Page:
Advanced modelling and simulation of water distribution systems with discontinuous control elements
Water distribution systems are large and complex structures. Hence, their construction, management and improvements are time consuming and expensive. But nearly all the optimisation methods, whether aimed at design or operation, suffer from the need for simulation models necessary to evaluate the performance of solutions to the problem. These simulation models, however, are increasing in size and complexity, and especially for operational control purposes, where there is a need to regularly update the control strategy to account for the fluctuations in demands, the combination of a hydraulic simulation model and optimisation is likely to be computationally excessive for all but the simplest of networks. The work presented in this thesis has been motivated by the need for reduced, whilst at the same time appropriately accurate, models to replicate the complex and nonlinear nature of water distribution systems in order to optimise their operation. This thesis attempts to establish the ground rules to form an underpinning basis for the formulation and subsequent evaluation of such models. Part I of this thesis introduces some of the modelling, simulation and optimisation problems currently faced by water industry. A case study is given to emphasise one particular subject, namely reduction of water distribution system models. A systematic research resulted in development of a new methodology which encapsulate not only the system mass balance but also the system energy distribution within the model reduction process. The methodology incorporates the energy audits concepts into the model reduction algorithm allowing the preservation of the original model energy distribution by imposing new pressure constraints in the reduced model. The appropriateness of the new methodology is illustrated on the theoretical and industrial case studies. Outcomes from these studies demonstrate that the new extension to the model reduction technique can simplify the inherent complexity of water networks while preserving the completeness of original information. An underlying premise which forms a common thread running through the thesis, linking Parts I and II, is in recognition of the need for the more efficient paradigm to model and simulate water networks; effectively accounting for the discontinuous behaviour exhibited by water network components. Motivated largely by the potential of contemplating a new paradigm to water distribution system modelling and simulation, a further major research area, which forms the basis of Part II, leads to a study of the discrete event specification formalism and quantised state systems to formulate a framework within which water distribution systems can be modelled and simulated. In contrast to the classic time-slicing simulators, depending on the numerical integration algorithms, the quantisation of system states would allow accounting for the discontinuities exhibited by control elements in a more efficient manner, and thereby, offer a significant increase in speed of the simulation of water network models. The proposed approach is evaluated on a number of case studies and compared with results obtained from the Epanet2 simulator and OpenModelica. Although the current state-of-art of the simulation tools utilising the quantised state systems do not allow to fully exploit their potential, the results from comparison demonstrate that, if the second or third order quantised-based integrations are used, the quantised state systems approach can outperform the conventional water network simulation methods in terms of simulation accuracy and run-time.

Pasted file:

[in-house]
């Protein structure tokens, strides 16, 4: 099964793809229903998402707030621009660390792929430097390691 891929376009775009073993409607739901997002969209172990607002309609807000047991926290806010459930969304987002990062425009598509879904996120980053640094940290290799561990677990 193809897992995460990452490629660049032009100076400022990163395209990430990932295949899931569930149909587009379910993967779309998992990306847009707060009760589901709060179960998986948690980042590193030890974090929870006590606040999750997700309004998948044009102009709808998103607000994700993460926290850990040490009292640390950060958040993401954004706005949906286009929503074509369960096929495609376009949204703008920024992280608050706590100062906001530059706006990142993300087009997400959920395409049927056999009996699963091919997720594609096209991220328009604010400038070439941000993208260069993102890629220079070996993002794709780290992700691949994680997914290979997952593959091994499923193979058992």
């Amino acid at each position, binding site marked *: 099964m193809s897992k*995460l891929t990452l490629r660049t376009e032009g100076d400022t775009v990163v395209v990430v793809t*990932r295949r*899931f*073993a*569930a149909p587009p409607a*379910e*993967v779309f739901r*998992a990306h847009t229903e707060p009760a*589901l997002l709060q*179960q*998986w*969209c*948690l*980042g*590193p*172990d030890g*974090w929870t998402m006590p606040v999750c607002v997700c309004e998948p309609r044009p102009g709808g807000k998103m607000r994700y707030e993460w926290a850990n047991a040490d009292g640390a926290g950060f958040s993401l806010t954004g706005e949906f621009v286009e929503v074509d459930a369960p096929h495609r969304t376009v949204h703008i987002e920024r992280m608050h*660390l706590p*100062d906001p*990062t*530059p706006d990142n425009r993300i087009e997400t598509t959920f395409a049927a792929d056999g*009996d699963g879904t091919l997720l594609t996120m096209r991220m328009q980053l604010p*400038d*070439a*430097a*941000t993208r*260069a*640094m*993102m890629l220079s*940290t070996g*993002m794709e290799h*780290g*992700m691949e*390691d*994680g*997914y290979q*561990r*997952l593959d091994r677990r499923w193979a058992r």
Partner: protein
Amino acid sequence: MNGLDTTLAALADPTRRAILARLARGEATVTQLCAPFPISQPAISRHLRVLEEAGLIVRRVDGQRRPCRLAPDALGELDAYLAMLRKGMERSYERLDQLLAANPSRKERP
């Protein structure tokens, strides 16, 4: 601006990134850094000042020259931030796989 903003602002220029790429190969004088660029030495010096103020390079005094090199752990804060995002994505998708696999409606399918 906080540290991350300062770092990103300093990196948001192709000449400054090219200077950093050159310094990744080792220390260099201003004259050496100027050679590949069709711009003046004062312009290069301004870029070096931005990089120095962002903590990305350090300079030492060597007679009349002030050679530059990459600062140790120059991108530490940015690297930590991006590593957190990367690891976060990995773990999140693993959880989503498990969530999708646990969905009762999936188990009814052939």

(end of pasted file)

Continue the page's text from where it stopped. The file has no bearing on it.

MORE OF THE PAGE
Research Institute : Institute of Artificial Intelligence (IAI)
- PhD